Survey: 21% of high schoolers say pot use is harmful
Guests: Gretchen Carlson and Jeanine Pirro

According to a new survey, most American teens feel the occasional use of marijuana is harmless. Culture Warriors Jeanine Pirro and Gretchen Carlson were not pleased. "The media has glorified this," Carlson complained, "and you also have big-time celebrities like Brad Pitt and Russell Simmons who are on board. And then you add to it that Colorado and Washington just made marijuana legal." Pirro laid out some obvious health issues with smoking weed. "Think about the fact that you have to smoke marijuana and hold the smoke in longer. It has far more carcinogens than cigarettes, so the respiratory and bronchial problems are exacerbated. Yet we have a society now where 69% of kids think it's dangerous to smoke a cigarette but only 34% think it's dangerous to smoke weed. That is a function of our culture." The Factor warned that permissive attitudes can have pernicious consequences: "Any child who gets involved with intoxicants becomes a whole different person, their childhood vanishes, yet there are a lot of adults who are enabling this attitude."
Why is the ACLU making it harder to commit mentally ill Americans?
Guests: Megyn Kelly

When Connecticut authorities tried to pass tough mental health legislation, the ACLU vigorously fought the bill and it was defeated. Fox News anchor and attorney Megyn Kelly explained. "The bill would have allowed a conservator to oversee a person's medication," she reported, "but the ACLU thought that was too invasive. But that law, which was defeated in February, was less stringent than laws we have in 44 other states." Kelly theorized that committing an obviously mentally ill person has become far too difficult. "You basically have to prove that the person is a danger, they have to have done something. It used to be that we would commit folks a little too quickly and now we've gone the opposite way."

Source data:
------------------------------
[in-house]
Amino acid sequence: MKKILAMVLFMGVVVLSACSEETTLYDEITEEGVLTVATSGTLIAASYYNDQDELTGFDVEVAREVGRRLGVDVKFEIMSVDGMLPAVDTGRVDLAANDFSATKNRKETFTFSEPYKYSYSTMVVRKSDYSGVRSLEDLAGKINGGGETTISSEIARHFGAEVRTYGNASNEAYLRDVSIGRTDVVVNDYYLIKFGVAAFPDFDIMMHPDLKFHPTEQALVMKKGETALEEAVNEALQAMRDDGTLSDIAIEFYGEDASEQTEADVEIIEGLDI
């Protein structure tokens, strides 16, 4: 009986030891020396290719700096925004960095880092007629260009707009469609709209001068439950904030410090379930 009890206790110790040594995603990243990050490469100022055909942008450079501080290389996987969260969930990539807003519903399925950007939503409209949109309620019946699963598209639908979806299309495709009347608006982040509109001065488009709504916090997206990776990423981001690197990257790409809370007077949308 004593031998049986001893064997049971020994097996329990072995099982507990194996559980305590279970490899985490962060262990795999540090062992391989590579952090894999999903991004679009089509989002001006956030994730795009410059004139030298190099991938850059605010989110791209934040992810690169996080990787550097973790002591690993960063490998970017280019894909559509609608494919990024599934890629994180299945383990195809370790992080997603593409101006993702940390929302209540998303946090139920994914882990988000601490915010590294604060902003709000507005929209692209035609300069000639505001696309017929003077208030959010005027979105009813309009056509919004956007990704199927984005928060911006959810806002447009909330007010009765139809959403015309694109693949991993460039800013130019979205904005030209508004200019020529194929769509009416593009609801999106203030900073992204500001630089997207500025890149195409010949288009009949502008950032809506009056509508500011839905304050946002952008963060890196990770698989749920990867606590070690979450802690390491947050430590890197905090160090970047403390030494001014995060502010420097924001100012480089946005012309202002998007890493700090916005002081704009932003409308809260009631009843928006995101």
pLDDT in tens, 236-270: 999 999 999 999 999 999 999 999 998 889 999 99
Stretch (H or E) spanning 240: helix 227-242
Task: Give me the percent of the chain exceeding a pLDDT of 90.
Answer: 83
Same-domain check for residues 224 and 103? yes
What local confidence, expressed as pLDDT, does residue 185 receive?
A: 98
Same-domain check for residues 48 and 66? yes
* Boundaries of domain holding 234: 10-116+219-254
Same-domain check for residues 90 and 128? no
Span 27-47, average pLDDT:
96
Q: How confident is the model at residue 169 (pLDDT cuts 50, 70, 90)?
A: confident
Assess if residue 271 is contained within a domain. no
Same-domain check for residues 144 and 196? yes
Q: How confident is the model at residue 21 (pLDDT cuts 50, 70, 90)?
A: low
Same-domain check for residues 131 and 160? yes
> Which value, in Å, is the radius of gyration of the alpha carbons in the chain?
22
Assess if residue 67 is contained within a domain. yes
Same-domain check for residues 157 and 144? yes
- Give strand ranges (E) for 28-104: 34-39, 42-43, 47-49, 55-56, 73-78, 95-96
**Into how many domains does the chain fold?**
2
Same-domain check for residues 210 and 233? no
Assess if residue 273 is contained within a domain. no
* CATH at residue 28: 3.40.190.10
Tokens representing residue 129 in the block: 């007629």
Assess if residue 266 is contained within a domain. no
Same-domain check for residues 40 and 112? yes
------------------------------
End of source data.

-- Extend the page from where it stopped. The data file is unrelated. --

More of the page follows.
A Tropical Watters' World
Guests: Jesse Watters

FNC's Jesse Watters paid a visit to Hawaii, where the First Family will soon be vacationing. Here's what a few of the locals told Jesse: "I was lucky enough to be one of his classmates from 5th grade on" ... "My mother-in-law remembers him scooping Baskin Robbins ice cream with a big afro in high school." Watters returned to the studio to recap his tropical adventure and Hawaii's ultra-liberal culture. "The economy in Hawaii is such that you don't have a big middle class. You have extreme wealth and extreme poverty, the sun makes you lazy and you have very loose pot laws."
Factor Words of the Day
Viewers sound off
Bill Gibson, Brownsville, TX: "Thanks, Bill, for trying to secure the release of Corporal Jon Hammar from a Mexican prison. I plan to call Senator Cornyn tomorrow and ask him to become involved."

Pamela Burnette, Torrance, CA: "Bill, you were absolutely right to say that Abraham Lincoln would have helped Corporal Hammar. The greatness of a leader is shown by how they act in small matters."

Gary Warren, Crosby, TX: "We've already canceled a cruise to Mexico."
Parting Thoughts
In lieu of a tip, The Factor delivered a holiday message: "This will be my last appearance of the year, I'll be hunkering down on Long Island for Christmas. 2012 has been a tough year and some of you are very disappointed about the general direction of the country. I share some of that disappointment, but I'm optimistic things will get better. Next year we'll be watching your backs and we'll aggressively challenge the powers that might harm you. I'm stepping up my watchdog capacity and we're not going to fool around. This country is not in a good place and we want to get it back to a good place. On a personal note, I wish you all a great Christmas. Our audience is the best in the world and I appreciate you guys very much.